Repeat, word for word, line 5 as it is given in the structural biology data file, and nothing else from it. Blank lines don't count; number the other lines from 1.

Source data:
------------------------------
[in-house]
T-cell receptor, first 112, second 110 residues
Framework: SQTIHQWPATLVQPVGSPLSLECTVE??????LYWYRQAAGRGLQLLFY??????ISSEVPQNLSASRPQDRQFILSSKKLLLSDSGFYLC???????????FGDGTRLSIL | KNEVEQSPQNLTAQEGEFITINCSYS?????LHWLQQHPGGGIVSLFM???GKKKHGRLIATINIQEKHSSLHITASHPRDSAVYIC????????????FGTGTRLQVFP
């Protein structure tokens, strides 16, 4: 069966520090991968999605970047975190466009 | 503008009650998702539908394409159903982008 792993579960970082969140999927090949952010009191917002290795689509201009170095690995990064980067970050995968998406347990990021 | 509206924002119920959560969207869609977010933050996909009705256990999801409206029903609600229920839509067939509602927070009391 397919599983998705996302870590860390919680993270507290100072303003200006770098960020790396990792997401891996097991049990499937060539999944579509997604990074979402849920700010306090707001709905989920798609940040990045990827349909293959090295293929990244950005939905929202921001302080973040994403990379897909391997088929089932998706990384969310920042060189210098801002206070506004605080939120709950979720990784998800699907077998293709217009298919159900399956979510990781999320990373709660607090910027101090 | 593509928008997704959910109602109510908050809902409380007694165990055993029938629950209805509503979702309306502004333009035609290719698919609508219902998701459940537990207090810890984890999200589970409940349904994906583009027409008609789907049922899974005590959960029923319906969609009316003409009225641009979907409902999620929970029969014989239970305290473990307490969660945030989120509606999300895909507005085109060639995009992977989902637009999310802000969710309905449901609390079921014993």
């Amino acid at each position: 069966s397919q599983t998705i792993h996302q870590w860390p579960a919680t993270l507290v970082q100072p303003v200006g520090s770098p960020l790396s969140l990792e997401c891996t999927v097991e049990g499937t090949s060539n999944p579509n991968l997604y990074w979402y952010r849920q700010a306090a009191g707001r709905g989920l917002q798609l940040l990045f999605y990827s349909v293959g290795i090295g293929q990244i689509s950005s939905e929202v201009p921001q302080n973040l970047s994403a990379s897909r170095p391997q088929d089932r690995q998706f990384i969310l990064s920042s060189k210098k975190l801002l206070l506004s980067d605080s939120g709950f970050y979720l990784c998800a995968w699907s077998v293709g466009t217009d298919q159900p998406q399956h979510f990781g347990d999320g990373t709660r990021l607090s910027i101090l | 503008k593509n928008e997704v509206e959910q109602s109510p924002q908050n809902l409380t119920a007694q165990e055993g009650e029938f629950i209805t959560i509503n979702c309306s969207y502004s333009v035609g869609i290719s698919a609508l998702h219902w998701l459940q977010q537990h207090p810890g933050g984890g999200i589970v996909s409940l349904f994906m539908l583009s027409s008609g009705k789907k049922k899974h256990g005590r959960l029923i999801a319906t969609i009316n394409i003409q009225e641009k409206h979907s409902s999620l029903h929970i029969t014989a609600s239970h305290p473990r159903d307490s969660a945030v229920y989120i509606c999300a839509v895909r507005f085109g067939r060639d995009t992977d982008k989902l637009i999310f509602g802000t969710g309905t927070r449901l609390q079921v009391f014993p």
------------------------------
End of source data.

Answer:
């Amino acid at each position: 069966s397919q599983t998705i792993h996302q870590w860390p579960a919680t993270l507290v970082q100072p303003v200006g520090s770098p960020l790396s969140l990792e997401c891996t999927v097991e049990g499937t090949s060539n999944p579509n991968l997604y990074w979402y952010r849920q700010a306090a009191g707001r709905g989920l917002q798609l940040l990045f999605y990827s349909v293959g290795i090295g293929q990244i689509s950005s939905e929202v201009p921001q302080n973040l970047s994403a990379s897909r170095p391997q088929d089932r690995q998706f990384i969310l990064s920042s060189k210098k975190l801002l206070l506004s980067d605080s939120g709950f970050y979720l990784c998800a995968w699907s077998v293709g466009t217009d298919q159900p998406q399956h979510f990781g347990d999320g990373t709660r990021l607090s910027i101090l | 503008k593509n928008e997704v509206e959910q109602s109510p924002q908050n809902l409380t119920a007694q165990e055993g009650e029938f629950i209805t959560i509503n979702c309306s969207y502004s333009v035609g869609i290719s698919a609508l998702h219902w998701l459940q977010q537990h207090p810890g933050g984890g999200i589970v996909s409940l349904f994906m539908l583009s027409s008609g009705k789907k049922k899974h256990g005590r959960l029923i999801a319906t969609i009316n394409i003409q009225e641009k409206h979907s409902s999620l029903h929970i029969t014989a609600s239970h305290p473990r159903d307490s969660a945030v229920y989120i509606c999300a839509v895909r507005f085109g067939r060639d995009t992977d982008k989902l637009i999310f509602g802000t969710g309905t927070r449901l609390q079921v009391f014993p």